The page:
Adverting to the facts of some of the cases before the Court, the judge also noted that the true owners of immovable property are often met with “agony and sufferance for years together without a final and complete remedy.”

Law proposed to empower registering authorities to cancel fraudulent registrations

The judge proceeded to take note that the State government had recently taken steps to empower registration authorities with the power to cancel fraudulently registered documents through the passage of a Bill to introduce the Registration (Tamil Nadu Second Amendment) Act, 2021.

Under Section 22B of the amendment Act, the registering officer can refuse to register forged documents, documents prohibited under any Act, any document relating to the transfer of any property attached by an authority or any other document that may be specified by the State through notification.

Section 77A empowers the Registrar to cancel documents registered in contravention of Section 22A (concerning registrations opposed to “public policy”) or Section 22B. Such cancellation can be done suo motu or on complaint. The provision adds that such cancellation may be done after the issuance of a show cause notice to persons likely to be affected by the cancellation and on consideration of replies received to such notice. This power can be exercised by the Inspector General, Registrations as well.

Appeals against any decisions taken under Section 77A can be challenged under Section 77B of the proposed law before the Inspector General of Registration or the State government.

Create quasi-judicial appellate forum to have final say on disputes involving fraudulent registrations

The High Court on Friday suggested that the State government also introduce a quasi-judicial forum or tribunal for second appeals against decisions taken under Section 77B of the proposed law.

Justice Kumar made the suggestion in view of concerns whether the summary procedures envisioned in Sections 77B and 77A of the proposed law would be sufficient to settle disputes involving the cancellation of allegedly fraudulent registrations.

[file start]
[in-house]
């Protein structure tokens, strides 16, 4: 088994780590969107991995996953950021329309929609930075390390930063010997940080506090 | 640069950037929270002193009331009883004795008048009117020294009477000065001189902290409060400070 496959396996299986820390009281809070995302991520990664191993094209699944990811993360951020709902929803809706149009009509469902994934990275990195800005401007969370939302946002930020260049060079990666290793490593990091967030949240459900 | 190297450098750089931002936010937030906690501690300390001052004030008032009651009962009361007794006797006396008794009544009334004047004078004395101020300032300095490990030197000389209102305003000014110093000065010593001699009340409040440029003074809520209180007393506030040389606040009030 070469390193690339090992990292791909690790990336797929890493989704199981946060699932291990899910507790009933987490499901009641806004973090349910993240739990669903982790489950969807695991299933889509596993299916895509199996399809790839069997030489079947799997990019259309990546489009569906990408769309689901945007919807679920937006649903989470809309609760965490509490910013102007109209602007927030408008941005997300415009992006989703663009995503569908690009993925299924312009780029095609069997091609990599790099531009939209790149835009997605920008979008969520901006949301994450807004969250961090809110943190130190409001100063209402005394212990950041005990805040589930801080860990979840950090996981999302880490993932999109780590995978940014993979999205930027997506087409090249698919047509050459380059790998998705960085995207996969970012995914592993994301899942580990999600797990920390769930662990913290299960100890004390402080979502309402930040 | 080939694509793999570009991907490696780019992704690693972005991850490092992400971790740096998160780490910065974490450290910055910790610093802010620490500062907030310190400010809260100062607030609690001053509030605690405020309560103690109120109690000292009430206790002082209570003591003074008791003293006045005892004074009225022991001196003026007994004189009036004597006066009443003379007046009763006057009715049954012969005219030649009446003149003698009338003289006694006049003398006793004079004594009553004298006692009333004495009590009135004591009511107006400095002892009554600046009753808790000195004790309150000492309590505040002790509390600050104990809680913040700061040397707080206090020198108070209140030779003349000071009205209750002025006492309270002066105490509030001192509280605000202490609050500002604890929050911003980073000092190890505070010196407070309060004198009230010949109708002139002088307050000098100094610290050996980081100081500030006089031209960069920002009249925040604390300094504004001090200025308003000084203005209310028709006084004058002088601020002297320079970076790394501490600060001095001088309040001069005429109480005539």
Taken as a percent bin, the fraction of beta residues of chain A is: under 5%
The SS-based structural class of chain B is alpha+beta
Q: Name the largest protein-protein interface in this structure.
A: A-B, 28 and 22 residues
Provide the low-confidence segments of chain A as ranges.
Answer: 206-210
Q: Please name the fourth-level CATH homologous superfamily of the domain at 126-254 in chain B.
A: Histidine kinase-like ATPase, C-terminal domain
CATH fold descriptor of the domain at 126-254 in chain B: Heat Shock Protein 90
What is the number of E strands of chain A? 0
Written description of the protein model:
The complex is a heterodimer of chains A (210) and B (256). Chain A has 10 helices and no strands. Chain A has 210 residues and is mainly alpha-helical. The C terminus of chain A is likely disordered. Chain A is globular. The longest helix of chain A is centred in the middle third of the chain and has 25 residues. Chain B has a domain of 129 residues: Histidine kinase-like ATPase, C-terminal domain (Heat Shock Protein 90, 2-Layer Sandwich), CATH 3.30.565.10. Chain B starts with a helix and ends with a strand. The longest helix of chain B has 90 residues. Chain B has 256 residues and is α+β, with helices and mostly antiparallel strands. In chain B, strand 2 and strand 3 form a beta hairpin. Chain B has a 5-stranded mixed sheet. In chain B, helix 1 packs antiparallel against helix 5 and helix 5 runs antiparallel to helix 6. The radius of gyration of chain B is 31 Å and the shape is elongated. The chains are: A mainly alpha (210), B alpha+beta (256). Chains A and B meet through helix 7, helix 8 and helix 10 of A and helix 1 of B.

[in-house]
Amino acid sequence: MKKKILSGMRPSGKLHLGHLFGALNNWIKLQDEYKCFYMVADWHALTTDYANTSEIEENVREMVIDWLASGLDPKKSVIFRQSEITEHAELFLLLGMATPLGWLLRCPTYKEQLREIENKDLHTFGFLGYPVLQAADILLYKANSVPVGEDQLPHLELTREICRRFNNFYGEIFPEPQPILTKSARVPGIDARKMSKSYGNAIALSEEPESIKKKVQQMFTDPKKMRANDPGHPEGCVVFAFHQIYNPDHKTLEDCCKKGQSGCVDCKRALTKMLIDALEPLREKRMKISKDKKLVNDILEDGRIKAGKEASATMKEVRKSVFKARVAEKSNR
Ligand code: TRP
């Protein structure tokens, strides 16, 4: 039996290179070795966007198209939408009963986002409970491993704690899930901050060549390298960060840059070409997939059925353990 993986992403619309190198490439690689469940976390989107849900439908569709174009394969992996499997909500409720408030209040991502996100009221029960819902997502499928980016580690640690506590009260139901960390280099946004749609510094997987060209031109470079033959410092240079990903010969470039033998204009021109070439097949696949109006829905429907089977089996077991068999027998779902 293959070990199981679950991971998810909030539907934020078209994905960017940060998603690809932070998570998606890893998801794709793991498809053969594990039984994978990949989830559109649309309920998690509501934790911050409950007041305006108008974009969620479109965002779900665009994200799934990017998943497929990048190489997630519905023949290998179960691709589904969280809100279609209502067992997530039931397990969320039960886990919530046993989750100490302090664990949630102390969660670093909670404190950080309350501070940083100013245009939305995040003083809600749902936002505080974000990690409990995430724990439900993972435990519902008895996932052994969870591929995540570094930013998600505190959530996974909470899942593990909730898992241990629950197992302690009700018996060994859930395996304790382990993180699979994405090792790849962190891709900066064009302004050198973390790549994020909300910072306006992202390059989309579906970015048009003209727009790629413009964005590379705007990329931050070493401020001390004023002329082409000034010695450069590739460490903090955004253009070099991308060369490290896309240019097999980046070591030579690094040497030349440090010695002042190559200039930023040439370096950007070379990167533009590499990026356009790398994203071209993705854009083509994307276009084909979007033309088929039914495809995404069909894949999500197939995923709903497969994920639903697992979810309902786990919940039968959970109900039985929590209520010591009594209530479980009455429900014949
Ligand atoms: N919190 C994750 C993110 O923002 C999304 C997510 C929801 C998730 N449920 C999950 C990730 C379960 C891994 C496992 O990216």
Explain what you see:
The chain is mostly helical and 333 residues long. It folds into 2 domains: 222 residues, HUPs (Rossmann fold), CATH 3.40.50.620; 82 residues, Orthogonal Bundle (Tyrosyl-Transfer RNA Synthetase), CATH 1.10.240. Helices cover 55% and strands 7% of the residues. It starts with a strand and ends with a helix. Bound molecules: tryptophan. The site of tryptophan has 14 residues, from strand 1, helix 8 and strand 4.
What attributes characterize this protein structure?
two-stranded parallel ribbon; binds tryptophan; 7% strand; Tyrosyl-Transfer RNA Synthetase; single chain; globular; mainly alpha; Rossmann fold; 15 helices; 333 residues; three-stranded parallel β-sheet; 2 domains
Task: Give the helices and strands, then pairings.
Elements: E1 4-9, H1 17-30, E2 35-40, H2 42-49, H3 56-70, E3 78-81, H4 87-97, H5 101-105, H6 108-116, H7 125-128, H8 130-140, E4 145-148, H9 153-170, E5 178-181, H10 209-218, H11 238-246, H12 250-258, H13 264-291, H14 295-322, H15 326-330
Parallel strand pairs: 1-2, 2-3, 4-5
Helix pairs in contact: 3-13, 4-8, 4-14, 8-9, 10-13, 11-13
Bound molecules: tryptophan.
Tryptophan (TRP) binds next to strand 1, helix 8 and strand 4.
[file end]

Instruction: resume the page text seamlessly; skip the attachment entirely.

“In order to have an effective judicial / quasi- judicial mechanism, as against the order of cancellation of instruments by registering authorities or order of refusal of cancellation of instruments by the registering authorities, in every revenue district, the concerned District Registrar (Registration) can be conferred with the power to act as an appellate authority. As against the order to be passed by such first appellate authority / District Registrar (Registration), further appeal shall lie before one or more Appellate Tribunal to be constituted in this regard,” the Court suggested.

The Court further suggested that such an Appellate Tribunal can be headed by a judicial person who is or has been a High Court Judge along with two members, one deputed from the Registration Department and not below the rank of DIG, Registration and the other from the Revenue Department not below the rank of District Revenue Officer.

The decision made by the Appellate Tribunal may be treated as final, the Court suggested. The Court added that for all practical purposes, the tribunal shall be treated as a Civil Court and that for regulating the procedure of deciding the appeal, the Code of Civil Procedure can be made applicable.

“If this kind of redressal mechanism is provided, it would be a viable and effective alternative redressal forum for number of persons who have been hitherto driven from pillars to posts for retrieval of their valuable immovable properties which they acquired either by way of inheritance or out of their legally hard earned fortune,”  the Court added.

Verdict on writ petitions before the Court

With these, among other observations, the Court proceeded to dismiss the petitions before it that sought directions to the registering authorities to cancel the registration of allegedly fraudulent property transfers.

“Till the amended provisions of 1908 Act, as discussed above, comes to effect, the prayer sought for to cancel any instrument registered already by a registering authority, cannot be granted by this Court, in view of the settled legal position as discussed extensively in the earlier part of this order,” the Court said.

Referring to some petitions challenging the refusal of the Registrar to register certain documents, the Court found that the appellate remedy under Section 72 of the Registration Act was the correct course.

A third category of cases, where grievance was registered against the Sub-Registrar for keeping the registration of some documents pending, was directed to be posted before the appropriate High Court Bench for a decision.